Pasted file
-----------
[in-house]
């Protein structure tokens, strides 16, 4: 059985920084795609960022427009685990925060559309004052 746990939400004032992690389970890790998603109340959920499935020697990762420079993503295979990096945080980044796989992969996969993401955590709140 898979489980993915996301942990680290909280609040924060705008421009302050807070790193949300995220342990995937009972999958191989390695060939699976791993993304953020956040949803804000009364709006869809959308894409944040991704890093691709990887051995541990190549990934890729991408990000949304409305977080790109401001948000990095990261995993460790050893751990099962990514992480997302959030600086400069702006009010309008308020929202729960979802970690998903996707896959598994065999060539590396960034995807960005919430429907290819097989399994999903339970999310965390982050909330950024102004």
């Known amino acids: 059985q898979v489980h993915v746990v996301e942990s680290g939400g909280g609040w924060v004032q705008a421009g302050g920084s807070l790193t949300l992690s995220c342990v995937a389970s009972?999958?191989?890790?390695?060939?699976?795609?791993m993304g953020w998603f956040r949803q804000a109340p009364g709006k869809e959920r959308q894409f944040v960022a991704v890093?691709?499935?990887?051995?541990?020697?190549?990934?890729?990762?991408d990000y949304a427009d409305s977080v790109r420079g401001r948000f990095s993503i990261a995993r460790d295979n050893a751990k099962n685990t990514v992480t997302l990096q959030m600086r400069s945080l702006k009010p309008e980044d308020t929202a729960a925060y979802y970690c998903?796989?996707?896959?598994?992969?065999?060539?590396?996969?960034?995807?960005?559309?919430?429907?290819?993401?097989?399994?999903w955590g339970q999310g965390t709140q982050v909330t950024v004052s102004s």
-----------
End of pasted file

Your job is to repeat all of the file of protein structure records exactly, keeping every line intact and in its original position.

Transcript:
[in-house]
């Protein structure tokens, strides 16, 4: 059985920084795609960022427009685990925060559309004052 746990939400004032992690389970890790998603109340959920499935020697990762420079993503295979990096945080980044796989992969996969993401955590709140 898979489980993915996301942990680290909280609040924060705008421009302050807070790193949300995220342990995937009972999958191989390695060939699976791993993304953020956040949803804000009364709006869809959308894409944040991704890093691709990887051995541990190549990934890729991408990000949304409305977080790109401001948000990095990261995993460790050893751990099962990514992480997302959030600086400069702006009010309008308020929202729960979802970690998903996707896959598994065999060539590396960034995807960005919430429907290819097989399994999903339970999310965390982050909330950024102004």
């Known amino acids: 059985q898979v489980h993915v746990v996301e942990s680290g939400g909280g609040w924060v004032q705008a421009g302050g920084s807070l790193t949300l992690s995220c342990v995937a389970s009972?999958?191989?890790?390695?060939?699976?795609?791993m993304g953020w998603f956040r949803q804000a109340p009364g709006k869809e959920r959308q894409f944040v960022a991704v890093?691709?499935?990887?051995?541990?020697?190549?990934?890729?990762?991408d990000y949304a427009d409305s977080v790109r420079g401001r948000f990095s993503i990261a995993r460790d295979n050893a751990k099962n685990t990514v992480t997302l990096q959030m600086r400069s945080l702006k009010p309008e980044d308020t929202a729960a925060y979802y970690c998903?796989?996707?896959?598994?992969?065999?060539?590396?996969?960034?995807?960005?559309?919430?429907?290819?993401?097989?399994?999903w955590g339970q999310g965390t709140q982050v909330t950024v004052s102004s």